The outbreak of the coronavirus has plunged the airline industry into a mini crisis. The virus, which has killed over 305 people as of February 2, is spreading like a bushfire. At least 14,564 other cases have been confirmed in 26 countries.
This could possibly turn into the worst epidemic since the outbreak of the SARS virus. At its peak, in 2013, SARS sent shivers right across the globe, causing a 45% dip in air travel demand.
The Severity of the Virus and China’s Position in Global Aviation Complicate Things
First, the coronavirus spreads very easily. According to the CDC, the virus (also known as the Novel Coronavirus or 2019-nCov virus) is transmitted from person-to-person among close contacts (about six feet). Transmission mainly occurs via respiratory droplets when an infected person coughs or sneezes.
The CDC also fears that it might be possible to contract the coronavirus by touching an object or surface that has the virus on it and then touching your eyes, mouth, or nose with it. This mode of transmission makes air travel a significant risk factor.
Secondly, China has become a global aviation hub. In the past decade, China has been the world’s biggest outbound international travel market and the second-largest domestic aviation market. In 2018, for instance, 8.5 million people flew from the US to China. Also, the country accounts for about 25% of global sales for Airbus and Boeing.
Therefore, a significant number of airlines are caught between a rock and a hard place. They must protect passengers and staff from a deadly, easy-spreading virus. But, at the same time, they must also keep in mind the potential revenue losses.
Strategic Response Allowing Players to Maximize Safety while Protecting Revenue
As IATA has clearly put it, airlines are going to ensure public safety, without causing unnecessary disruption to global traffic. The message is: let’s keep everyone safe – without creating undue panic.
So, what are airlines doing?
First, the Chinese government has put Wuhan – the epicenter of the epidemic – on lockdown. No commercial flights are allowed into the city. Additionally, China’s domestic carriers, including China Airlines, have canceled flights into and out of Wuhan until the end of February.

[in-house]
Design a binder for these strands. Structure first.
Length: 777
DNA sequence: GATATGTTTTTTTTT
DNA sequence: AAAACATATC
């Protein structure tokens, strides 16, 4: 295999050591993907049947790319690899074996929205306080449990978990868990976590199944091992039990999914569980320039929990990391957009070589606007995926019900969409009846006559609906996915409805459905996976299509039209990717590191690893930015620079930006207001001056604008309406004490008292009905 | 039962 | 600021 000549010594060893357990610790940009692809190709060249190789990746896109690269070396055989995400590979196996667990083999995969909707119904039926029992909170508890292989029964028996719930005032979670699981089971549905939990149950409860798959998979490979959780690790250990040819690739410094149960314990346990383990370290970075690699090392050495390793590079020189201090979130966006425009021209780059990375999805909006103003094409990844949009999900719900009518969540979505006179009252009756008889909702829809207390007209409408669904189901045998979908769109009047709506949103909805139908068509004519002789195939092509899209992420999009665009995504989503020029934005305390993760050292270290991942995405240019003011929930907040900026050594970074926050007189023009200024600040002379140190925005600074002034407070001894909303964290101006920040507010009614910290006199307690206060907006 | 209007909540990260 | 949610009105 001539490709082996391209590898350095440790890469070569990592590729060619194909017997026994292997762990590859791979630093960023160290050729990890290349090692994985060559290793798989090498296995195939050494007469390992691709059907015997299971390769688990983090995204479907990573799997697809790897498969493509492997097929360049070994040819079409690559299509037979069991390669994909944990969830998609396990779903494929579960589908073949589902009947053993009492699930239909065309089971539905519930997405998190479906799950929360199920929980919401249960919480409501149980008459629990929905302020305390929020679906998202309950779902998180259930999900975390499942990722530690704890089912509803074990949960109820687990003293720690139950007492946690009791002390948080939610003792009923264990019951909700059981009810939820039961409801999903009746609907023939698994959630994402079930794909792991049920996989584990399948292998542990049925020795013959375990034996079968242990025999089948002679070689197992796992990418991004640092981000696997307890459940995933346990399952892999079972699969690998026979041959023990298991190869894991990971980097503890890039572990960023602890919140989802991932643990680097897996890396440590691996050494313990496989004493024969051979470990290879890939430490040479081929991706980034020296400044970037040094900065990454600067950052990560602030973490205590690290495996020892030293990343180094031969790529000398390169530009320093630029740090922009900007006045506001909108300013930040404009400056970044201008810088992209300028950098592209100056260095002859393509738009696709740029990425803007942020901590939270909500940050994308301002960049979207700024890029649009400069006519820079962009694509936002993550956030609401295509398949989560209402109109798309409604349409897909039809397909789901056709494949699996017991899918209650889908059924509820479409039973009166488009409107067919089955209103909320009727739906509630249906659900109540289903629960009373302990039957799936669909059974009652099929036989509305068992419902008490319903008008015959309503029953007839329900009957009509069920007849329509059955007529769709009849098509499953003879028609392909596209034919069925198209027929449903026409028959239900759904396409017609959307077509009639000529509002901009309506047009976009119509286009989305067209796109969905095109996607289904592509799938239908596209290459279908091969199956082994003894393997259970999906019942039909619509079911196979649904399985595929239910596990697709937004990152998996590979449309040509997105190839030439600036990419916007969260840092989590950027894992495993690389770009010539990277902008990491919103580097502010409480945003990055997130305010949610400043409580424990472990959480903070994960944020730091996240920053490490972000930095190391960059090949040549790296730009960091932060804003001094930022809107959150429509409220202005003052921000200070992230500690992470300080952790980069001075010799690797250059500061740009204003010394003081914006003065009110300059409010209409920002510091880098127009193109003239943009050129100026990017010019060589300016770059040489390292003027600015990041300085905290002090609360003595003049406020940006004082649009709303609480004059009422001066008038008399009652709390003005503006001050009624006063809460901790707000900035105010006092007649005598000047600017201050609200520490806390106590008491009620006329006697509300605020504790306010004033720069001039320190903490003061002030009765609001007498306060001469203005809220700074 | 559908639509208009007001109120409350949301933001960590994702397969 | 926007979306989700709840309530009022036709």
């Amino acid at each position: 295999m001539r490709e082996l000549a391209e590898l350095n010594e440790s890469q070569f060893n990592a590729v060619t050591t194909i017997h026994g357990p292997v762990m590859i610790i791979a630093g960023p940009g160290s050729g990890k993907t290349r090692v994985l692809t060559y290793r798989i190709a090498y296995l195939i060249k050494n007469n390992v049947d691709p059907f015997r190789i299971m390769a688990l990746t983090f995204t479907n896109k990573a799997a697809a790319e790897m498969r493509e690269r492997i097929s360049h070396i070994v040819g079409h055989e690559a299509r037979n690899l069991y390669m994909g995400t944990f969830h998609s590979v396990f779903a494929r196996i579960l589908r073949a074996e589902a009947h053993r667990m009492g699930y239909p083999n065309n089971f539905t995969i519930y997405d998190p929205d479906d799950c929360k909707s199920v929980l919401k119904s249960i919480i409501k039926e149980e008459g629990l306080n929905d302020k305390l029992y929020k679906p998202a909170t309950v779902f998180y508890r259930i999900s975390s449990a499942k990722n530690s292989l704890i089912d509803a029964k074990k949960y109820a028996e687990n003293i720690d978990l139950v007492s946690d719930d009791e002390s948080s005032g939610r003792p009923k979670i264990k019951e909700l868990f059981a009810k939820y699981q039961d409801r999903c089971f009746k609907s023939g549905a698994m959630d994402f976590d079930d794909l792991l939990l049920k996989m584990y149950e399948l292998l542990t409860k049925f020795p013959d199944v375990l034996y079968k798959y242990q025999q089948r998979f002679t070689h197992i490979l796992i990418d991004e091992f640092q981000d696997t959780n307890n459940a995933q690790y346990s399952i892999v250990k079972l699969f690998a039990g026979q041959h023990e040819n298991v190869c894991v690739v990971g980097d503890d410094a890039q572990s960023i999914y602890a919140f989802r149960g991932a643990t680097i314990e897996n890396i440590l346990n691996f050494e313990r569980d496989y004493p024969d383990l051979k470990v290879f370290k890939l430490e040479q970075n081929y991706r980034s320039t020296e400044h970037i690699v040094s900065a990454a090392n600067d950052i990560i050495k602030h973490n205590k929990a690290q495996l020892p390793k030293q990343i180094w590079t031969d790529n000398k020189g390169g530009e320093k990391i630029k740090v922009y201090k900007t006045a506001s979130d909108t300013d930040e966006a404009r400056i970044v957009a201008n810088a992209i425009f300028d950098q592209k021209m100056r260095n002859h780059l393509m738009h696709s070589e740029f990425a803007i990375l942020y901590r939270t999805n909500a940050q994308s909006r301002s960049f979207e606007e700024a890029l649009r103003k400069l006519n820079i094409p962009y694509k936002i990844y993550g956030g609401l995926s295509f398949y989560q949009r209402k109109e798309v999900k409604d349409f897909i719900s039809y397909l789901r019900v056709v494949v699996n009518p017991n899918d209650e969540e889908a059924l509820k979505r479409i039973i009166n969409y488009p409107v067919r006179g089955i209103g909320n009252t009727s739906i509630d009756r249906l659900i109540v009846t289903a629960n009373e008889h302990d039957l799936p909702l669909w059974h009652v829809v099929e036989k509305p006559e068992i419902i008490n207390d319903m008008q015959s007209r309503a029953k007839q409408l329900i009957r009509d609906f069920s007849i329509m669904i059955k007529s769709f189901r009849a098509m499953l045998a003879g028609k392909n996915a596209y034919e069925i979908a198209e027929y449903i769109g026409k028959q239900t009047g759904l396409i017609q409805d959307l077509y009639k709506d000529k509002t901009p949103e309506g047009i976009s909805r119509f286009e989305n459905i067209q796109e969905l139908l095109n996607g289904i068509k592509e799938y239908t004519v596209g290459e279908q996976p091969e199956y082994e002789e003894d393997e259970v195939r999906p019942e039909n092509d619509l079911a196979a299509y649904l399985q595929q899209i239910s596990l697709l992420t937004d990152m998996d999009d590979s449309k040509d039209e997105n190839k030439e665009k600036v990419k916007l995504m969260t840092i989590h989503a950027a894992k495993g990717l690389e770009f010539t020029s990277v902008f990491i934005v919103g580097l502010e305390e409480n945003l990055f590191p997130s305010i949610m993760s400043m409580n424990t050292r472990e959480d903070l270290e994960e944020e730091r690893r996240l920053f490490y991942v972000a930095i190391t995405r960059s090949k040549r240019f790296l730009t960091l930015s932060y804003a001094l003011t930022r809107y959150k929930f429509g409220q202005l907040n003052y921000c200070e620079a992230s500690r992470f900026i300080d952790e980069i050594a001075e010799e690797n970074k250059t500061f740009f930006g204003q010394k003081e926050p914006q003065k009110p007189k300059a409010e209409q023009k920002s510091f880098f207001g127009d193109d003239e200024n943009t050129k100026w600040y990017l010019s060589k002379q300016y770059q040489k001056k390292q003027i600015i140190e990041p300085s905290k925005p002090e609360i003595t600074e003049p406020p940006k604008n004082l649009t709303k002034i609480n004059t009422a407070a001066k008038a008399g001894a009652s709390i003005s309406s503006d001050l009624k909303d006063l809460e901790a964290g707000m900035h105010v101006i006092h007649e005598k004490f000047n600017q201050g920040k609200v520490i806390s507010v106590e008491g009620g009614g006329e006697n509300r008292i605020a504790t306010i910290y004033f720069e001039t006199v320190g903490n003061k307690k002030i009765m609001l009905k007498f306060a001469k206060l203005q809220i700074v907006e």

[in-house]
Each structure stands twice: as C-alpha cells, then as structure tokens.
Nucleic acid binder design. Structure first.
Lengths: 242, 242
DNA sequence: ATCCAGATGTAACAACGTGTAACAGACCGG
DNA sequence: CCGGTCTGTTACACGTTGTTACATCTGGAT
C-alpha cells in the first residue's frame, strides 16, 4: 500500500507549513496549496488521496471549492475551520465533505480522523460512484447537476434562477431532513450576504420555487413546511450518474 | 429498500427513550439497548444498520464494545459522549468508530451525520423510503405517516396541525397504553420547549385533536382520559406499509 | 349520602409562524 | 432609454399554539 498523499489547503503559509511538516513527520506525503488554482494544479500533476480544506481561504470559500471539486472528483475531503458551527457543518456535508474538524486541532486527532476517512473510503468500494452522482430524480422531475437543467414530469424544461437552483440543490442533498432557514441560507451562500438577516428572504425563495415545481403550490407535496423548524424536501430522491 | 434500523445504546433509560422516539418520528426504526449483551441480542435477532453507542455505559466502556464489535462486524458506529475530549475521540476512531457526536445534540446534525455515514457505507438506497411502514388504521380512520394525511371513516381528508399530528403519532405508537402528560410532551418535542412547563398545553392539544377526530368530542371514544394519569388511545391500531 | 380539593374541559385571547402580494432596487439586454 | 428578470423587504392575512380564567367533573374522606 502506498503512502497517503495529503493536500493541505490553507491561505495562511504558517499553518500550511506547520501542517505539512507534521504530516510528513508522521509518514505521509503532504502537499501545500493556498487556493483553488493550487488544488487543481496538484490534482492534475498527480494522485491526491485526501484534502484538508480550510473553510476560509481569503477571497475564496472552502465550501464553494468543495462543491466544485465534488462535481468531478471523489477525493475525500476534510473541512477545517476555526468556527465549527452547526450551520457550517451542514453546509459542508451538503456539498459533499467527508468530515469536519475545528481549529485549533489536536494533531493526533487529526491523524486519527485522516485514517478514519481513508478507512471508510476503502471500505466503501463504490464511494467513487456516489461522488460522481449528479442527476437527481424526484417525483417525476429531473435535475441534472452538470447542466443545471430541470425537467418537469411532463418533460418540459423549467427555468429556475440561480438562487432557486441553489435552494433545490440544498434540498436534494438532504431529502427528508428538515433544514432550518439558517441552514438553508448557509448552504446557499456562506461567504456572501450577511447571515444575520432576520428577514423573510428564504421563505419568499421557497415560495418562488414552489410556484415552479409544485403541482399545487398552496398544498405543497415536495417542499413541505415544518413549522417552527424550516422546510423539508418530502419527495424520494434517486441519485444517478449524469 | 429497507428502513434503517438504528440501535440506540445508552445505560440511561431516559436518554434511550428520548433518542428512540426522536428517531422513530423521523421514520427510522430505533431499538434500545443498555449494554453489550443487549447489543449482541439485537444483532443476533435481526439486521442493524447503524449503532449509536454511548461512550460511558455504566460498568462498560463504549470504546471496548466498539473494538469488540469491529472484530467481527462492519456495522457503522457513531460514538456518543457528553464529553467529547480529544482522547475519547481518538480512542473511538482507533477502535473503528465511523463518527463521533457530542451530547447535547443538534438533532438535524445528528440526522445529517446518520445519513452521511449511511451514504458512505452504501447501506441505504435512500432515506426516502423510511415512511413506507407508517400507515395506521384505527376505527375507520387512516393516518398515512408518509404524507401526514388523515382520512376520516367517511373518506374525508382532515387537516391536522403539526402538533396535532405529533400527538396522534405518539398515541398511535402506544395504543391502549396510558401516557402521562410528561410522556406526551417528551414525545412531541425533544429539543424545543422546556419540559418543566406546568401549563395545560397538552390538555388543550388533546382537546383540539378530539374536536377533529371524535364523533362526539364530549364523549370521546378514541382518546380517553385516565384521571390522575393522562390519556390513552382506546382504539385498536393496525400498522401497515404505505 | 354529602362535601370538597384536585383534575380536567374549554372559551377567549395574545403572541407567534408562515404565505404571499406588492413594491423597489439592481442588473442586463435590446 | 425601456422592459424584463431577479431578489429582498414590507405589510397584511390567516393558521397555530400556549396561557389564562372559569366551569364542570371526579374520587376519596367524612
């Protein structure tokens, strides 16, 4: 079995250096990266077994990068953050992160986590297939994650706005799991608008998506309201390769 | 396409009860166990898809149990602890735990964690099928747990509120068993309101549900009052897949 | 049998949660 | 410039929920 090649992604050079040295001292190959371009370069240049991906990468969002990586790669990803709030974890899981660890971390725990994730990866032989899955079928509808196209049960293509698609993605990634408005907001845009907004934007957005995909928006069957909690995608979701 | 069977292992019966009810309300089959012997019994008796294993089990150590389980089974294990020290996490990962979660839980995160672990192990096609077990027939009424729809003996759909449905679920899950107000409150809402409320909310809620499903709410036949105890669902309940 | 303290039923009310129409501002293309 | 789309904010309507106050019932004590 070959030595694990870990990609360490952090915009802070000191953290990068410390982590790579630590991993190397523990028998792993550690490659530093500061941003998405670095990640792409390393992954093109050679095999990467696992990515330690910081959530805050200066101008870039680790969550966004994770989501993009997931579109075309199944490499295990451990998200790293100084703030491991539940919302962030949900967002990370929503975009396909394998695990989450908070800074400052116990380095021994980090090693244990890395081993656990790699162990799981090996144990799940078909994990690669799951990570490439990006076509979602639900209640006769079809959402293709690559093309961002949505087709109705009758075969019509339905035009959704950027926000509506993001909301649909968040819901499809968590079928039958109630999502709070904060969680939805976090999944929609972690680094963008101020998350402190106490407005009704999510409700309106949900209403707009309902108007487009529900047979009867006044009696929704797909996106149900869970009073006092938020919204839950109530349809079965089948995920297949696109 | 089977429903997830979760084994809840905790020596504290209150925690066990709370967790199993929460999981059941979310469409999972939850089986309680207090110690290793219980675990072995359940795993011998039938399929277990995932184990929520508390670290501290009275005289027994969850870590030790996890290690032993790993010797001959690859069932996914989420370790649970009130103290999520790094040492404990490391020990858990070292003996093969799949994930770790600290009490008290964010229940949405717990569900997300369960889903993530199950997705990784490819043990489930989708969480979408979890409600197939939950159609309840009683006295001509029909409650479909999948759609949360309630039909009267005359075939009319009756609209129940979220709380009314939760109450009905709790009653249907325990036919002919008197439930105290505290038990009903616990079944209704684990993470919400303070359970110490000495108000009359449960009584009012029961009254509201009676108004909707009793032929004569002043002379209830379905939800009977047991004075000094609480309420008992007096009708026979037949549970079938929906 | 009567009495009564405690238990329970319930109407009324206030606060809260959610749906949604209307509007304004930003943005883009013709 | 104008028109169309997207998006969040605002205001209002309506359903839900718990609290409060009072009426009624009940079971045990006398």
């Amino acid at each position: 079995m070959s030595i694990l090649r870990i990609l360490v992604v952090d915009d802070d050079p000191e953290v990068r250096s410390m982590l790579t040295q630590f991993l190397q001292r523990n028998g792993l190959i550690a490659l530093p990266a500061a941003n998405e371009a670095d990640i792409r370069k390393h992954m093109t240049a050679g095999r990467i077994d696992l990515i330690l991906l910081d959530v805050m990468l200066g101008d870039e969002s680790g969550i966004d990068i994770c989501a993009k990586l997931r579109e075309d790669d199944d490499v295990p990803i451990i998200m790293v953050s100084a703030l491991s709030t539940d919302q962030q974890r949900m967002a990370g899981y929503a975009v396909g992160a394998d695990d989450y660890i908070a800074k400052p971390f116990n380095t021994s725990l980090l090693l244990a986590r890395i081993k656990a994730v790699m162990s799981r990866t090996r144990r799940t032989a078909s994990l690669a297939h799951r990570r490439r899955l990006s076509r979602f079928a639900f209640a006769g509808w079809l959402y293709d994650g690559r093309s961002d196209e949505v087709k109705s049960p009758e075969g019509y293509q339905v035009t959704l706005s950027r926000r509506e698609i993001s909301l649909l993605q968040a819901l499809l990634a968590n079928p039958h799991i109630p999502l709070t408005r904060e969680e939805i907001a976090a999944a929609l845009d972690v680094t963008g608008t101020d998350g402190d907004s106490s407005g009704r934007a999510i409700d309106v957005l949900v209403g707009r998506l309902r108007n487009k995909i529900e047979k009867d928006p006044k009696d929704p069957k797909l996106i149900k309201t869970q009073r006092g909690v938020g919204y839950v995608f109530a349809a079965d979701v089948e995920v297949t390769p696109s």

At the borders, most airlines are following suit, albeit with a bit more caution. In Hong Kong, for example, flag carrier Cathay Pacific has suspended flights to Wuhan but will continue to fly all other Chinese routes. The airline recently said that staff could wear protective masks to China if they wish to.
In Taiwan, Mandarin Airlines has also suspended flights to Wuhan until the end of February and promised to assist passengers with rebooking. Mandarin Airlines and TigerAir Taiwan are both providing protective masks to crew and passengers.
In South Korea, the Korean Airlines is providing hazardous-material suits for crew. Singapore, India, Macau, and Vietnam-based airlines are also taking precautions, including screening passengers, providing protective masks, and canceling flights to Wuhan.
The drill remains the same in the rest of the world, with screening now intensified at most international airports. In the US, United Airlines, Delta Airlines, and American Airlines are the most affected. China accounts for 2-6% of the estimated revenue for these three airlines. United Airlines, for instance, is suspending 24 flights to and from China, starting early February.